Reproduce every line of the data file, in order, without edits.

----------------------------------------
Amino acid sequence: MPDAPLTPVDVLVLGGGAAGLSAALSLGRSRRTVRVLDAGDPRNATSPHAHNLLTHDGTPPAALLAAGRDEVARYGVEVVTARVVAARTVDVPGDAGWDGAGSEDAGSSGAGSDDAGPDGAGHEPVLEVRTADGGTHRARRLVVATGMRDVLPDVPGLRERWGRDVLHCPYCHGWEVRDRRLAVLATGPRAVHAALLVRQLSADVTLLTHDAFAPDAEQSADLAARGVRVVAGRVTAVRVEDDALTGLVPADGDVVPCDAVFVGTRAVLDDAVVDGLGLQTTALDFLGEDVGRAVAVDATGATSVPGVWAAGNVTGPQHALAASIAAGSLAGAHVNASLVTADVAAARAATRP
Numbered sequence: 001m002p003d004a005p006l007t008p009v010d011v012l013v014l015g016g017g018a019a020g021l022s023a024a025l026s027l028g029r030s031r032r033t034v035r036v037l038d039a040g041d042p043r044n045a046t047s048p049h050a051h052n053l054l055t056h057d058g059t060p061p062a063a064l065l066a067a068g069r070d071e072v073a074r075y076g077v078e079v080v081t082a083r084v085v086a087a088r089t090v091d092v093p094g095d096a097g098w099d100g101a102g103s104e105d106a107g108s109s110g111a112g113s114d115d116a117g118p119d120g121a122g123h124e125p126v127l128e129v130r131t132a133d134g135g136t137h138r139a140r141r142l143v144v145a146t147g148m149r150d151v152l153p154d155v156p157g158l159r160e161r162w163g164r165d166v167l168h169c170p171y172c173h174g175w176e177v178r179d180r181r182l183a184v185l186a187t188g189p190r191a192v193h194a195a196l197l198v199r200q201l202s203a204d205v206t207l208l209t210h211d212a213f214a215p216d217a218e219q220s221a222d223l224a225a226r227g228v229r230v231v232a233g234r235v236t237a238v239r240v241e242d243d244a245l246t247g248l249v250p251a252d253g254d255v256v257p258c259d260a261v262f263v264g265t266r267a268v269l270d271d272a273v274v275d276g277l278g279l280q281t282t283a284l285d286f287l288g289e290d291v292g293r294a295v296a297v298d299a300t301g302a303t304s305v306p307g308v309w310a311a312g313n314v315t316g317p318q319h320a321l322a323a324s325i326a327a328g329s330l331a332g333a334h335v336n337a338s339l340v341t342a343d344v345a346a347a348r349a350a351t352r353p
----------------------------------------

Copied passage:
Amino acid sequence: MPDAPLTPVDVLVLGGGAAGLSAALSLGRSRRTVRVLDAGDPRNATSPHAHNLLTHDGTPPAALLAAGRDEVARYGVEVVTARVVAARTVDVPGDAGWDGAGSEDAGSSGAGSDDAGPDGAGHEPVLEVRTADGGTHRARRLVVATGMRDVLPDVPGLRERWGRDVLHCPYCHGWEVRDRRLAVLATGPRAVHAALLVRQLSADVTLLTHDAFAPDAEQSADLAARGVRVVAGRVTAVRVEDDALTGLVPADGDVVPCDAVFVGTRAVLDDAVVDGLGLQTTALDFLGEDVGRAVAVDATGATSVPGVWAAGNVTGPQHALAASIAAGSLAGAHVNASLVTADVAAARAATRP
Numbered sequence: 001m002p003d004a005p006l007t008p009v010d011v012l013v014l015g016g017g018a019a020g021l022s023a024a025l026s027l028g029r030s031r032r033t034v035r036v037l038d039a040g041d042p043r044n045a046t047s048p049h050a051h052n053l054l055t056h057d058g059t060p061p062a063a064l065l066a067a068g069r070d071e072v073a074r075y076g077v078e079v080v081t082a083r084v085v086a087a088r089t090v091d092v093p094g095d096a097g098w099d100g101a102g103s104e105d106a107g108s109s110g111a112g113s114d115d116a117g118p119d120g121a122g123h124e125p126v127l128e129v130r131t132a133d134g135g136t137h138r139a140r141r142l143v144v145a146t147g148m149r150d151v152l153p154d155v156p157g158l159r160e161r162w163g164r165d166v167l168h169c170p171y172c173h174g175w176e177v178r179d180r181r182l183a184v185l186a187t188g189p190r191a192v193h194a195a196l197l198v199r200q201l202s203a204d205v206t207l208l209t210h211d212a213f214a215p216d217a218e219q220s221a222d223l224a225a226r227g228v229r230v231v232a233g234r235v236t237a238v239r240v241e242d243d244a245l246t247g248l249v250p251a252d253g254d255v256v257p258c259d260a261v262f263v264g265t266r267a268v269l270d271d272a273v274v275d276g277l278g279l280q281t282t283a284l285d286f287l288g289e290d291v292g293r294a295v296a297v298d299a300t301g302a303t304s305v306p307g308v309w310a311a312g313n314v315t316g317p318q319h320a321l322a323a324s325i326a327a328g329s330l331a332g333a334h335v336n337a338s339l340v341t342a343d344v345a346a347a348r349a350a351t352r353p